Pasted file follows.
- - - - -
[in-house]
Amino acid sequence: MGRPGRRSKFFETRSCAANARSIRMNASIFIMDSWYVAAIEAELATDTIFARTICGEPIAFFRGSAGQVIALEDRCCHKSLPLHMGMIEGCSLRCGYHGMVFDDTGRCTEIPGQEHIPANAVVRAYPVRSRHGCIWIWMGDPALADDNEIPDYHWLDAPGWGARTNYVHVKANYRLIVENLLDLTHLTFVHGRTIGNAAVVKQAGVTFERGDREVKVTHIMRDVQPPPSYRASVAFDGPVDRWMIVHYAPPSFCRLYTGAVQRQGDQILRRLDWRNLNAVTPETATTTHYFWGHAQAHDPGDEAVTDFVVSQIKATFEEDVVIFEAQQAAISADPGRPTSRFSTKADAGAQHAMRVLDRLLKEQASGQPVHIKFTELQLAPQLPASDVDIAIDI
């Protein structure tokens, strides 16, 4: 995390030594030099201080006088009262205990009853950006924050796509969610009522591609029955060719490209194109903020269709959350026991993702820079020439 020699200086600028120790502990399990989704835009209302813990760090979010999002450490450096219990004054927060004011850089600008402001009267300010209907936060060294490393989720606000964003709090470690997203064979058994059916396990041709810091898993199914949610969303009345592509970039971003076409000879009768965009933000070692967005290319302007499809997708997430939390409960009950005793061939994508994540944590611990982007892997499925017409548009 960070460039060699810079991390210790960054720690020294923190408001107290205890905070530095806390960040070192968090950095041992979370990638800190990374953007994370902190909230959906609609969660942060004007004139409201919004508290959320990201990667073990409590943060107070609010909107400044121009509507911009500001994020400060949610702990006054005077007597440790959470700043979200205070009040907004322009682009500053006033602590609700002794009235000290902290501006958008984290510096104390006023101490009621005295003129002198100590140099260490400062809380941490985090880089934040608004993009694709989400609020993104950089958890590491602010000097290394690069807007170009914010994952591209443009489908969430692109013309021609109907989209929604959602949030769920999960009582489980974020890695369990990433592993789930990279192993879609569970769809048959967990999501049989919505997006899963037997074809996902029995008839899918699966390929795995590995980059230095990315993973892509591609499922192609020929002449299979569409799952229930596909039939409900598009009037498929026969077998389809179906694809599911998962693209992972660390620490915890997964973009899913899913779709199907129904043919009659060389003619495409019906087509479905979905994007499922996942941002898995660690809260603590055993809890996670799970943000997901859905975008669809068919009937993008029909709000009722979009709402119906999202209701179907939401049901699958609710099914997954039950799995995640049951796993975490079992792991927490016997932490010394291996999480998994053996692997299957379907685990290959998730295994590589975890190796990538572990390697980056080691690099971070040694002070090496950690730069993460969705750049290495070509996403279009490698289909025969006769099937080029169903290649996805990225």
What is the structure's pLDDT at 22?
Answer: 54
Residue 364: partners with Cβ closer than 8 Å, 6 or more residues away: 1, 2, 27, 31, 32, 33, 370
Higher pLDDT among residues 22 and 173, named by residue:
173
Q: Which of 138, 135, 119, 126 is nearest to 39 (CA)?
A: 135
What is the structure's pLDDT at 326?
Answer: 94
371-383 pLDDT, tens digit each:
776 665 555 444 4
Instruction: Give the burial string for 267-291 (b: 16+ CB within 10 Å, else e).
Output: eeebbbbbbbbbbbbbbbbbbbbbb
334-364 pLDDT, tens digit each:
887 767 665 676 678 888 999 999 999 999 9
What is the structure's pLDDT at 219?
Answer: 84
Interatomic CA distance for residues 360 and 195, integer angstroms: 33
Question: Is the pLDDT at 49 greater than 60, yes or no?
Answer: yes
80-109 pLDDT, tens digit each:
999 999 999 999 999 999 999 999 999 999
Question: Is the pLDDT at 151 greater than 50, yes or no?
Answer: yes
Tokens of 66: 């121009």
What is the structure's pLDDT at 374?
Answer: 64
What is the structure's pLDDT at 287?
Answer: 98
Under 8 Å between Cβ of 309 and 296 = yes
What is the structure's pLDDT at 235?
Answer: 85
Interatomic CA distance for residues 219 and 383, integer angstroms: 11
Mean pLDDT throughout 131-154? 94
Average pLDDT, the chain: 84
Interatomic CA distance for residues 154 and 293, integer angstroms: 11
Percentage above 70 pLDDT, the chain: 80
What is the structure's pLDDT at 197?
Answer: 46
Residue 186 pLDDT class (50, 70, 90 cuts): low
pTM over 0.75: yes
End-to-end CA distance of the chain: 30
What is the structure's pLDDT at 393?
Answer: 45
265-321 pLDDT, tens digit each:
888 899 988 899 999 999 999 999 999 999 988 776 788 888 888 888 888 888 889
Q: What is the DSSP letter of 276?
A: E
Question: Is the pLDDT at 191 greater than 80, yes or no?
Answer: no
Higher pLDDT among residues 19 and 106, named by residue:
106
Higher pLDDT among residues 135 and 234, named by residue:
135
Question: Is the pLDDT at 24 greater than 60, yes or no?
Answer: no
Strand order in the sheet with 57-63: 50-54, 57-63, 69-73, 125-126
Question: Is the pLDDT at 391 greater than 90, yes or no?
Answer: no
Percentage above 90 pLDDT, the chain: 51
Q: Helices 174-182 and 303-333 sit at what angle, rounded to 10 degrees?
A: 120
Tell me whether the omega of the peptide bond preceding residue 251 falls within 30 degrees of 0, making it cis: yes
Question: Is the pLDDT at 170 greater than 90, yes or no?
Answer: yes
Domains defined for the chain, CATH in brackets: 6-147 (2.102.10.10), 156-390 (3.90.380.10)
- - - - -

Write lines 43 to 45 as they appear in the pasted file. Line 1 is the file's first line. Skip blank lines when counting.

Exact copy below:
Residue 186 pLDDT class (50, 70, 90 cuts): low
pTM over 0.75: yes
End-to-end CA distance of the chain: 30